Was Forest City Ratner's bid for the railyard really more valuable than that of Extell?
We can't fully compare them, because Extell was never allowed to develop its bid, but clearly some of FCR's claims were overblown. And only Extell, not FCR, submitted a pro forma showing its profit projections.
But Extell showed itself to be a willing bidder, offering three times the cash, the MTA chose not to ask Extell to revise its bid to compete with Ratner. It went back only to Ratner and concluded that there was no way to get more value out of the railyard--even though land prices have rebounded elsewhere.
Other bidding processes for valuable public land, such as with Hudson Yards, have been far more fair. And unfair processes like the one involving the Aqueduct racino have generated much more controversy.
Why is a surface parking lot in Prospect Heights bad urban planning?
At right is a photo I took of the north side of Dean Street between Carlton and Sixth avenues, the prime route to the arena from the 1100-space surface parking lot, which will especially serve suiteholders and other high-rollers.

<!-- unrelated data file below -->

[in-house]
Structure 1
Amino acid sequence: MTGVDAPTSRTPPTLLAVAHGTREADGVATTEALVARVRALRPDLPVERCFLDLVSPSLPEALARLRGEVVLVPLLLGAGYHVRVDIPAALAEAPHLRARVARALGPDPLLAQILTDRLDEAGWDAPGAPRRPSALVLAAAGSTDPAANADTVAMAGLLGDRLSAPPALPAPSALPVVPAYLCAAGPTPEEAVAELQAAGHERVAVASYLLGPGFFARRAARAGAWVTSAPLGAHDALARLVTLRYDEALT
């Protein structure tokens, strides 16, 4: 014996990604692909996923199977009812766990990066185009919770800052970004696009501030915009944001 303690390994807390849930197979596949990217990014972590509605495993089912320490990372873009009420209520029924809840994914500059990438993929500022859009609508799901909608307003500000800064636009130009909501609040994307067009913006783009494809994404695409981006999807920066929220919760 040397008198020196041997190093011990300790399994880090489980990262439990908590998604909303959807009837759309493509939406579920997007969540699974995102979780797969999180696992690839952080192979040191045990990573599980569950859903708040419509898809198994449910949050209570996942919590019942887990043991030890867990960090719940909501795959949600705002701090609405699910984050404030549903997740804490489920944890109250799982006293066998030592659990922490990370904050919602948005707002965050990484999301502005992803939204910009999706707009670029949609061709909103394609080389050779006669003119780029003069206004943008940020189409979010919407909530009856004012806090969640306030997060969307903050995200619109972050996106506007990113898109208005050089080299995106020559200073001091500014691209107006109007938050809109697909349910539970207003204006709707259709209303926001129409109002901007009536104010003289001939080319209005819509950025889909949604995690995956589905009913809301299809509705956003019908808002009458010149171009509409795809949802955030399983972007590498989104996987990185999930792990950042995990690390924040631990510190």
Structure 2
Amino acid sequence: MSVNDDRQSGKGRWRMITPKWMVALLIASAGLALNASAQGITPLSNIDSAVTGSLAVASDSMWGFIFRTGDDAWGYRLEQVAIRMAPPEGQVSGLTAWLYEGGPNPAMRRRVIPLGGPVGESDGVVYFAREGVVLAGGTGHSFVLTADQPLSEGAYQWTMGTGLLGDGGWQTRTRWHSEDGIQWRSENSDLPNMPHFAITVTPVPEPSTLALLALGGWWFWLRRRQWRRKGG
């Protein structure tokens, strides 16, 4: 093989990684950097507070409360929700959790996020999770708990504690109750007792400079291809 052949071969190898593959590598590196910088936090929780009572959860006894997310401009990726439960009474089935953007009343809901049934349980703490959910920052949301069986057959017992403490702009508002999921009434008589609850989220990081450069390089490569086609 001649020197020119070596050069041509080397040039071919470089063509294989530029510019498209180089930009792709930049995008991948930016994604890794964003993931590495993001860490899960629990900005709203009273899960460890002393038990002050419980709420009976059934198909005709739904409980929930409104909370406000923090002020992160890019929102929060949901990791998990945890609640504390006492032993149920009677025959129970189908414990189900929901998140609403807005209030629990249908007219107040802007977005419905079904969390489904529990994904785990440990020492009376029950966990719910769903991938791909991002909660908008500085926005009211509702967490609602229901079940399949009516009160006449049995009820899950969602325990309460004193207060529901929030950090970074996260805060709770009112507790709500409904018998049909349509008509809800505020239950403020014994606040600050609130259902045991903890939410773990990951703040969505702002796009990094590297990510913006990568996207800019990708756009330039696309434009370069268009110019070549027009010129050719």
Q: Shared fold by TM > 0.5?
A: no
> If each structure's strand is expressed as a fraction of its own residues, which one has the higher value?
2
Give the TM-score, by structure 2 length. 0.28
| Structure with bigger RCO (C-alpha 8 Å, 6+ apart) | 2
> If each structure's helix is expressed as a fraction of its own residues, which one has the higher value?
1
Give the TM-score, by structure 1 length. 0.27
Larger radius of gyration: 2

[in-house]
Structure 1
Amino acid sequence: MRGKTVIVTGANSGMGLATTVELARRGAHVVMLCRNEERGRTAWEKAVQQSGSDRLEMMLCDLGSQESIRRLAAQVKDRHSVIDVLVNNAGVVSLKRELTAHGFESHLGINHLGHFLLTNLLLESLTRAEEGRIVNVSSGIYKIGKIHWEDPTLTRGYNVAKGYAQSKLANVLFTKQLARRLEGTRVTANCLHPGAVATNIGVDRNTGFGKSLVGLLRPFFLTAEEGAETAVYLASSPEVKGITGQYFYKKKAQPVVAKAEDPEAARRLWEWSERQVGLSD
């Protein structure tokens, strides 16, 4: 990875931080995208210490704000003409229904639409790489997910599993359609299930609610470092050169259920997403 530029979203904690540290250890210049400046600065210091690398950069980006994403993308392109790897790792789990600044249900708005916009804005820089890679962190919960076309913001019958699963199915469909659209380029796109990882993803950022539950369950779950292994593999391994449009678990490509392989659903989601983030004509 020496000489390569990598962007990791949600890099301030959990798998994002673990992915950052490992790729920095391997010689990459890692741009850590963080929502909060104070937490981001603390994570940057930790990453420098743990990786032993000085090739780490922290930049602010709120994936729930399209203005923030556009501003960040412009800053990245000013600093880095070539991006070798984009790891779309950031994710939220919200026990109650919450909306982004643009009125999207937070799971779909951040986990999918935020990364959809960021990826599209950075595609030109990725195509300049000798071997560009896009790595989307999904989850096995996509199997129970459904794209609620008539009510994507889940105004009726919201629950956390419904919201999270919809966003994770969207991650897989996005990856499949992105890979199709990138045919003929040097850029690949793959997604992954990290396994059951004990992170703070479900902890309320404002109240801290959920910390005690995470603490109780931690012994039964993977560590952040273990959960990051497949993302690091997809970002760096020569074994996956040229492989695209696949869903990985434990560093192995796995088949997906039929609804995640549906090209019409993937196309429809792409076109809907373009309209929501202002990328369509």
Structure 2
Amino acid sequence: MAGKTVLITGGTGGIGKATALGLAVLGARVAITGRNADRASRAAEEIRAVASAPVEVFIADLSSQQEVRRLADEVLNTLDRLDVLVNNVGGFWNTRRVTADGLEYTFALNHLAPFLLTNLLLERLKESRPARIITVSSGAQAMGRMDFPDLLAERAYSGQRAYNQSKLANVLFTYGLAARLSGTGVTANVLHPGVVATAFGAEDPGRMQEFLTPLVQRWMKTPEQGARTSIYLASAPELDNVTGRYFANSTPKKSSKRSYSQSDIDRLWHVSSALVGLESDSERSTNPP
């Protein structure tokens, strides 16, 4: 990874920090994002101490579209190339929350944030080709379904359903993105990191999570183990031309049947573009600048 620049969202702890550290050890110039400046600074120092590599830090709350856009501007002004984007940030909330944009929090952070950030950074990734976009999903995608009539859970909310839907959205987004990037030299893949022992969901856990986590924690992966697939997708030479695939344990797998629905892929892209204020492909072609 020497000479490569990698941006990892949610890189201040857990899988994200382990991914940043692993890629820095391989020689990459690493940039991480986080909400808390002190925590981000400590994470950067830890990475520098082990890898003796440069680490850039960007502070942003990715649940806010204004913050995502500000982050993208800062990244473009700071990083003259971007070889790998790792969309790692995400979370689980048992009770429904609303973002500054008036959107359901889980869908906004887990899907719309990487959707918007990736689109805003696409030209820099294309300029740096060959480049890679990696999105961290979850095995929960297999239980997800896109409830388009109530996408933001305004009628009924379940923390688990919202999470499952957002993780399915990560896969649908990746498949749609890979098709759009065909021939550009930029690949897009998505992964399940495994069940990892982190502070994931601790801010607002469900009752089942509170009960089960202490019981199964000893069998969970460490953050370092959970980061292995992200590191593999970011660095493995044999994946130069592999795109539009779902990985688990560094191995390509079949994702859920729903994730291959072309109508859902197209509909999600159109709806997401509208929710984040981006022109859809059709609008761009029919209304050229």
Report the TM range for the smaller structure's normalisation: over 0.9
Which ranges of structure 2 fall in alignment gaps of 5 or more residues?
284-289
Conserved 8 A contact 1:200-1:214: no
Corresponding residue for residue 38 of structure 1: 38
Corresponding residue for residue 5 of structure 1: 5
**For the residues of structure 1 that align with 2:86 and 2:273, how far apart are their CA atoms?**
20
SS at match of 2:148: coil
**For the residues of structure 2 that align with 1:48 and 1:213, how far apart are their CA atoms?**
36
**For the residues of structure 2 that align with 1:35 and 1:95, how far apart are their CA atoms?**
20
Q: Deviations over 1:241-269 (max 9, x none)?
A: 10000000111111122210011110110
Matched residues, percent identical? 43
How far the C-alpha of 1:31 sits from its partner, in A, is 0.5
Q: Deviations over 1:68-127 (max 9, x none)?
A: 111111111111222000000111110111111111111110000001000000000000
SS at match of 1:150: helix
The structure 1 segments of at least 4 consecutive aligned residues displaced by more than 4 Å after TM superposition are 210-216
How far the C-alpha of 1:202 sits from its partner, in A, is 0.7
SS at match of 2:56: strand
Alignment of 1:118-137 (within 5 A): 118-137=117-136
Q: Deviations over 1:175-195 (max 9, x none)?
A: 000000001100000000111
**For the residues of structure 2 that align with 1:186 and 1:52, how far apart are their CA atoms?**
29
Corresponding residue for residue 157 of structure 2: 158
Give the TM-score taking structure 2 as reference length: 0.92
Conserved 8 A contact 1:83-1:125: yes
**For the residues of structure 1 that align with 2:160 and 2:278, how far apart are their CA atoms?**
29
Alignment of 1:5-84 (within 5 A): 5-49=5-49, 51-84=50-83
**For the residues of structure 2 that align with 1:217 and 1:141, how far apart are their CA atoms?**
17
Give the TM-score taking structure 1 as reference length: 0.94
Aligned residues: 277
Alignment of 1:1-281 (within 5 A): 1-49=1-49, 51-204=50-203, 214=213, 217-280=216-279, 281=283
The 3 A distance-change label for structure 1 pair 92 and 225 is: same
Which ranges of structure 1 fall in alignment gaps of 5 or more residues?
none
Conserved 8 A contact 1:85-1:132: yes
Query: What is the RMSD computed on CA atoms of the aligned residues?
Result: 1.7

As measured by Peter Krashes of the Dean Street Block Association, the passageway narrows to less than six feet. People are going to be walking in the street. More photos here of the Dean Street Squeeze.
So how does this op-ed fit with your longstanding criticism that the Times has not covered Atlantic Yards exactingly?
Well, it does, and it doesn't. The Times's staff reporters should have covered the issues raised in my piece in greater detail, and should have put it all together. They didn't.
And the Times should have been receptive years ago to op-eds critical of Atlantic Yards. (I submitted one.) But the acceptance of this piece shows that individual departments of the Times make their own decisions. And/or that the story is "over" enough to welcome a critical voice.